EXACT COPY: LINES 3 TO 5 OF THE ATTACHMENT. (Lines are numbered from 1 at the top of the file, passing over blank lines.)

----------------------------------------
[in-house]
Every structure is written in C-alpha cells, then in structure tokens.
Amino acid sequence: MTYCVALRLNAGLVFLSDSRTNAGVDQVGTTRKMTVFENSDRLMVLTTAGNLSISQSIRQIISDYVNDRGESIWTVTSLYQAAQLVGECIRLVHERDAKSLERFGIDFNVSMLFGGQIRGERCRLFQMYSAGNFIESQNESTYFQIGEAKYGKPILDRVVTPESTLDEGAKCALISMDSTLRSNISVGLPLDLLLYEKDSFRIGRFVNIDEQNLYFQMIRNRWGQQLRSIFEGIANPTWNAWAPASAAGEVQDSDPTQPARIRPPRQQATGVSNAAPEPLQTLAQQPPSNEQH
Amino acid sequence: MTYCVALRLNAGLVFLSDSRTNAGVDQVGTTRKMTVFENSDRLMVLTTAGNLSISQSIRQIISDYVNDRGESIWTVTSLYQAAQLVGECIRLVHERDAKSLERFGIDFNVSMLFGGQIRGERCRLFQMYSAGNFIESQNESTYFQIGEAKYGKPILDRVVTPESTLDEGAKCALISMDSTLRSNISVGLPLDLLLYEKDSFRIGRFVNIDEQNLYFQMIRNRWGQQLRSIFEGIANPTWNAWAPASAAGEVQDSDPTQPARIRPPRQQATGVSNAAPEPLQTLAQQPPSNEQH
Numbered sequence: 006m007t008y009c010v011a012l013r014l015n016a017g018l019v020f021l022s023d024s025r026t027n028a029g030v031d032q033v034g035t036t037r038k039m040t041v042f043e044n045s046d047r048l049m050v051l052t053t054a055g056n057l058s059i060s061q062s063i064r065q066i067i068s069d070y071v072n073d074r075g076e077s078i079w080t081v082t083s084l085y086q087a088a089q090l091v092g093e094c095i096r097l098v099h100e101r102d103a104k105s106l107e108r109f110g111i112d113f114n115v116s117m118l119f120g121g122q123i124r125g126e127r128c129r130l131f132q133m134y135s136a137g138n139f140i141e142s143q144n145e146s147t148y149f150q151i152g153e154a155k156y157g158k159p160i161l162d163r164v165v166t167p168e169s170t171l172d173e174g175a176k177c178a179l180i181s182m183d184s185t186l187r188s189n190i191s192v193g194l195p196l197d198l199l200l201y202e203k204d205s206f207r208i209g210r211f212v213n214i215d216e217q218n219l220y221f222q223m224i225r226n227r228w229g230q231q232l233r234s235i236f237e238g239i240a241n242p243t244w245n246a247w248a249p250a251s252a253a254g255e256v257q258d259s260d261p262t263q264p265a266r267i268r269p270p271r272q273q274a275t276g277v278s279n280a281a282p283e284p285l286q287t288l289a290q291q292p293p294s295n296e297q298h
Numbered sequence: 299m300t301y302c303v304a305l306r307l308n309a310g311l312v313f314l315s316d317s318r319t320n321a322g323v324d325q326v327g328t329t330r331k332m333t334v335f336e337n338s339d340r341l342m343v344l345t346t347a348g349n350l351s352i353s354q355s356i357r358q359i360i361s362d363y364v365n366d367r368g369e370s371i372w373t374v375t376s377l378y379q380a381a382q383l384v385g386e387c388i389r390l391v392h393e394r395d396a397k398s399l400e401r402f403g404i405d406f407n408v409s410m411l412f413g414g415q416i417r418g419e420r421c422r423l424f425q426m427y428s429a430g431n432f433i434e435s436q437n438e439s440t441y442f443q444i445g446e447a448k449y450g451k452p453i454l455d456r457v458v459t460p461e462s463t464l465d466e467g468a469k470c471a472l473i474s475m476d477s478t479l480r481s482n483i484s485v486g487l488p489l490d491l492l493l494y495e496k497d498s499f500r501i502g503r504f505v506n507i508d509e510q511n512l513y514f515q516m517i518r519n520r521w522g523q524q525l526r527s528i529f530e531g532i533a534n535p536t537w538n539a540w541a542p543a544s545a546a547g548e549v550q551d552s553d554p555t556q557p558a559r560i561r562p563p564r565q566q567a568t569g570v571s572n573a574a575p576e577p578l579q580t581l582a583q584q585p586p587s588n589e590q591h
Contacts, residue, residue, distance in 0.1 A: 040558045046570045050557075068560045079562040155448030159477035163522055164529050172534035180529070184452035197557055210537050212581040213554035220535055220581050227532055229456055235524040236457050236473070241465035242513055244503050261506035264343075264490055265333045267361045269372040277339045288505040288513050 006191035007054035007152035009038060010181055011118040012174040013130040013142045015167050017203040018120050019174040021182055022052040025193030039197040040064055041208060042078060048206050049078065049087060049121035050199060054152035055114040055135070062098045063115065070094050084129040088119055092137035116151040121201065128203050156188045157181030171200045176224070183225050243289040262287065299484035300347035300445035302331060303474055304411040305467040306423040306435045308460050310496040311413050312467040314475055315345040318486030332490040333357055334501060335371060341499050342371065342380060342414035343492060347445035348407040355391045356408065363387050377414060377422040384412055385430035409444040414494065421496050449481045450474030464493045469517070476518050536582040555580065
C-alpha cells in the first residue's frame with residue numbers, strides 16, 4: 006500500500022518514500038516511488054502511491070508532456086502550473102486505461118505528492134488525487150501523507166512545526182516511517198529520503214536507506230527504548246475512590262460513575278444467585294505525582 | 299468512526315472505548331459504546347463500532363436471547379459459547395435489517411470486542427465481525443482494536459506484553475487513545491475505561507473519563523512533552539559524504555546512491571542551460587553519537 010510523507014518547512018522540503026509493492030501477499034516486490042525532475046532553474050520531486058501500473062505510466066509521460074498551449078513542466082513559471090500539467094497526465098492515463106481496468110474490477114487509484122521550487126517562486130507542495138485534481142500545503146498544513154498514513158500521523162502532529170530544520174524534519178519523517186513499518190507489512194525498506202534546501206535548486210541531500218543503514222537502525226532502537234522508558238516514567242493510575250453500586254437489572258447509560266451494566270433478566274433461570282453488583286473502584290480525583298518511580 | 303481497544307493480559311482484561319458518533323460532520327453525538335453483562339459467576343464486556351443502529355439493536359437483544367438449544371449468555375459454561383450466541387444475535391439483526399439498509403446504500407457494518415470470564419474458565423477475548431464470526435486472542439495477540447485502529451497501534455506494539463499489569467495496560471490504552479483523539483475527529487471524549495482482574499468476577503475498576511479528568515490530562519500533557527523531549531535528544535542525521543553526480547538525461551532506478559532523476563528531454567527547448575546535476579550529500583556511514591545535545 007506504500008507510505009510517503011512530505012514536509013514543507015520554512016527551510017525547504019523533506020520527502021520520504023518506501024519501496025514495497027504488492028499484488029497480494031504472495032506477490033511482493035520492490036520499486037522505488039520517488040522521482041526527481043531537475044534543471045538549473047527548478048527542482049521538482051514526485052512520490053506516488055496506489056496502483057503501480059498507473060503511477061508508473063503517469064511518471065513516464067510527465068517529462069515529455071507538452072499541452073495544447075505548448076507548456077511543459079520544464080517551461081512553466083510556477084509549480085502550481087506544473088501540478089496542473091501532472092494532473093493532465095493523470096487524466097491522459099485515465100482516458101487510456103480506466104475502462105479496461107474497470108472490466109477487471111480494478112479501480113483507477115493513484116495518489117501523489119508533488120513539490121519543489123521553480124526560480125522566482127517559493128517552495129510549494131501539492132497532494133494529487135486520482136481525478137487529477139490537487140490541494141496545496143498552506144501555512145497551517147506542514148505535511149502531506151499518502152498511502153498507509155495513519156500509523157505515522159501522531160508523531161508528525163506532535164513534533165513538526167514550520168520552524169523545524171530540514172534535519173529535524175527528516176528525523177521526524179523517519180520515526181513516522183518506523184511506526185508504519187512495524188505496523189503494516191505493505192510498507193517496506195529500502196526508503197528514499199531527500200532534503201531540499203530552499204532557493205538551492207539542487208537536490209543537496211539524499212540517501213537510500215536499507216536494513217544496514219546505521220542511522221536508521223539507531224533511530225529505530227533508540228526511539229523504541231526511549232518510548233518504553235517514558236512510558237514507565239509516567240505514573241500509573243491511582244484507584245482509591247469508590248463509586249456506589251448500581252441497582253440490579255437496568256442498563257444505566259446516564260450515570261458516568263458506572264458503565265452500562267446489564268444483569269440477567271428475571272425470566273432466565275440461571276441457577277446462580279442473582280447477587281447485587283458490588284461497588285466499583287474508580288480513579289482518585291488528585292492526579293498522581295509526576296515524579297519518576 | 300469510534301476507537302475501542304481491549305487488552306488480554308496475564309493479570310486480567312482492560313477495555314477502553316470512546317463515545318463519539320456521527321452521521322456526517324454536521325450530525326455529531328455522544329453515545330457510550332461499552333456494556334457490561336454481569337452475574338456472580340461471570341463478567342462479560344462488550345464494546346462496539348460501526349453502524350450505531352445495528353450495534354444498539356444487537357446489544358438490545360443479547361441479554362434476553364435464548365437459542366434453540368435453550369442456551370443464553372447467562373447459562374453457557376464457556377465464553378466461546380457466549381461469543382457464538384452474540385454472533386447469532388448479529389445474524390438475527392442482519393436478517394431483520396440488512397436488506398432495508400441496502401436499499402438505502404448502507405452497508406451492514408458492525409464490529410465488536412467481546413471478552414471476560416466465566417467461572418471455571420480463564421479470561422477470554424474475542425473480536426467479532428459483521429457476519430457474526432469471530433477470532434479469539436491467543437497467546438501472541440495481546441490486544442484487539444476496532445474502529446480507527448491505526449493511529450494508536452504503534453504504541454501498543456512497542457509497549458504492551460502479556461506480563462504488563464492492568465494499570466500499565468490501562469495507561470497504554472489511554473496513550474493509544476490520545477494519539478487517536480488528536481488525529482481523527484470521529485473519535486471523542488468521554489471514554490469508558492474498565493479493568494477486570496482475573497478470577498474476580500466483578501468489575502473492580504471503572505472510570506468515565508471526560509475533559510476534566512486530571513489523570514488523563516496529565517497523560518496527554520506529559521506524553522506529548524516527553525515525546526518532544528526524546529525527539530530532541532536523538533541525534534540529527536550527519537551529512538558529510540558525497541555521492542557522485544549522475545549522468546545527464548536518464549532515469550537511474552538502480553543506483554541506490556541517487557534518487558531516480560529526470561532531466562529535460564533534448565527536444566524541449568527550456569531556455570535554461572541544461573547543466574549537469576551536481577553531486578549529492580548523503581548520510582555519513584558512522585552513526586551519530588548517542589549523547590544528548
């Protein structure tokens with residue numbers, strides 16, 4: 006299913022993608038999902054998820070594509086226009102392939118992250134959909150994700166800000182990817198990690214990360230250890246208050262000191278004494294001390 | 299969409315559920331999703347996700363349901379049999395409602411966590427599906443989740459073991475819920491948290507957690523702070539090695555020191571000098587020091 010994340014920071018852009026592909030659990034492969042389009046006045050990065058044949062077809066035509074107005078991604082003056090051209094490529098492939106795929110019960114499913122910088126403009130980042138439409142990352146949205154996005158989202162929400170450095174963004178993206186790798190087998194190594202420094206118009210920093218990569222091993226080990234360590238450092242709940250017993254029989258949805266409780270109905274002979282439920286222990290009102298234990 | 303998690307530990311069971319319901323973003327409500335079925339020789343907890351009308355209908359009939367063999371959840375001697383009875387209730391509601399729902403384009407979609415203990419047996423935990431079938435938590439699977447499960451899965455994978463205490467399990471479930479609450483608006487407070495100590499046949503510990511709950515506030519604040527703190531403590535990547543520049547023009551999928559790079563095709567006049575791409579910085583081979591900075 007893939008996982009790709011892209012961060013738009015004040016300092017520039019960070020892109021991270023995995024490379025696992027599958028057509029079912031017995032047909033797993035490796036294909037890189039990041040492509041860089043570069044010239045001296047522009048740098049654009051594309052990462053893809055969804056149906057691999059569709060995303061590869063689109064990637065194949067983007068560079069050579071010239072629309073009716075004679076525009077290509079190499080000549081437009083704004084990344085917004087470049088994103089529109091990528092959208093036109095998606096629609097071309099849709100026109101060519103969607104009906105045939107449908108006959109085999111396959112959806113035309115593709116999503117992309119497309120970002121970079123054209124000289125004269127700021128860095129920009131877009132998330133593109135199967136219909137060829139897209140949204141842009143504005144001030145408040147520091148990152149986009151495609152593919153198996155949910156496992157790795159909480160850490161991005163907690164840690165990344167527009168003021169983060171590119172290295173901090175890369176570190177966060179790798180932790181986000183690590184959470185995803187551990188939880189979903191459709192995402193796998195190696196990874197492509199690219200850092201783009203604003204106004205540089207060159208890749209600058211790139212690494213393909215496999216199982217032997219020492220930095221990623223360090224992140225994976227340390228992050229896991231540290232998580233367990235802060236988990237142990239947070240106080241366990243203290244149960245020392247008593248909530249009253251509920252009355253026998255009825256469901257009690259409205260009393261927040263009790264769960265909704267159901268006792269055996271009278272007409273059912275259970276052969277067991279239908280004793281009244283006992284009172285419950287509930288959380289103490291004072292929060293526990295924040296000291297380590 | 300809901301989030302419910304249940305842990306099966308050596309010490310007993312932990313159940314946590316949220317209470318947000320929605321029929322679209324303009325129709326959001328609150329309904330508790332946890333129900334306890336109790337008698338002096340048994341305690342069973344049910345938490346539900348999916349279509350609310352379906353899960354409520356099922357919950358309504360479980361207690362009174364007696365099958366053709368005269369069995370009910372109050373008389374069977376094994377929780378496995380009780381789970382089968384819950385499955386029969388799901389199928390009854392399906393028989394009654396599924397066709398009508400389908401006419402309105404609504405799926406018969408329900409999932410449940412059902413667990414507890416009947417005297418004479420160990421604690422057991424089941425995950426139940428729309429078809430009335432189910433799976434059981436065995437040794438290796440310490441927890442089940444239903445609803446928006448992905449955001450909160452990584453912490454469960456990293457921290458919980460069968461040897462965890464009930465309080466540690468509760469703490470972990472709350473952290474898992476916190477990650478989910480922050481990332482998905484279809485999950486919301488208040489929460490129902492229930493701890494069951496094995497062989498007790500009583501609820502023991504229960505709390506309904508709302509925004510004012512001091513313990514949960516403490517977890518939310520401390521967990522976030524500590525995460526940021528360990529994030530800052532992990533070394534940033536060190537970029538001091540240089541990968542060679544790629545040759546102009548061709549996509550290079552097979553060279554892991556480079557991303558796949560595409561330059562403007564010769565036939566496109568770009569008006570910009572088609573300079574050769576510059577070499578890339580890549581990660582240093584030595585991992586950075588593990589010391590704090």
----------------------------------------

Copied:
Amino acid sequence: MTYCVALRLNAGLVFLSDSRTNAGVDQVGTTRKMTVFENSDRLMVLTTAGNLSISQSIRQIISDYVNDRGESIWTVTSLYQAAQLVGECIRLVHERDAKSLERFGIDFNVSMLFGGQIRGERCRLFQMYSAGNFIESQNESTYFQIGEAKYGKPILDRVVTPESTLDEGAKCALISMDSTLRSNISVGLPLDLLLYEKDSFRIGRFVNIDEQNLYFQMIRNRWGQQLRSIFEGIANPTWNAWAPASAAGEVQDSDPTQPARIRPPRQQATGVSNAAPEPLQTLAQQPPSNEQH
Amino acid sequence: MTYCVALRLNAGLVFLSDSRTNAGVDQVGTTRKMTVFENSDRLMVLTTAGNLSISQSIRQIISDYVNDRGESIWTVTSLYQAAQLVGECIRLVHERDAKSLERFGIDFNVSMLFGGQIRGERCRLFQMYSAGNFIESQNESTYFQIGEAKYGKPILDRVVTPESTLDEGAKCALISMDSTLRSNISVGLPLDLLLYEKDSFRIGRFVNIDEQNLYFQMIRNRWGQQLRSIFEGIANPTWNAWAPASAAGEVQDSDPTQPARIRPPRQQATGVSNAAPEPLQTLAQQPPSNEQH
Numbered sequence: 006m007t008y009c010v011a012l013r014l015n016a017g018l019v020f021l022s023d024s025r026t027n028a029g030v031d032q033v034g035t036t037r038k039m040t041v042f043e044n045s046d047r048l049m050v051l052t053t054a055g056n057l058s059i060s061q062s063i064r065q066i067i068s069d070y071v072n073d074r075g076e077s078i079w080t081v082t083s084l085y086q087a088a089q090l091v092g093e094c095i096r097l098v099h100e101r102d103a104k105s106l107e108r109f110g111i112d113f114n115v116s117m118l119f120g121g122q123i124r125g126e127r128c129r130l131f132q133m134y135s136a137g138n139f140i141e142s143q144n145e146s147t148y149f150q151i152g153e154a155k156y157g158k159p160i161l162d163r164v165v166t167p168e169s170t171l172d173e174g175a176k177c178a179l180i181s182m183d184s185t186l187r188s189n190i191s192v193g194l195p196l197d198l199l200l201y202e203k204d205s206f207r208i209g210r211f212v213n214i215d216e217q218n219l220y221f222q223m224i225r226n227r228w229g230q231q232l233r234s235i236f237e238g239i240a241n242p243t244w245n246a247w248a249p250a251s252a253a254g255e256v257q258d259s260d261p262t263q264p265a266r267i268r269p270p271r272q273q274a275t276g277v278s279n280a281a282p283e284p285l286q287t288l289a290q291q292p293p294s295n296e297q298h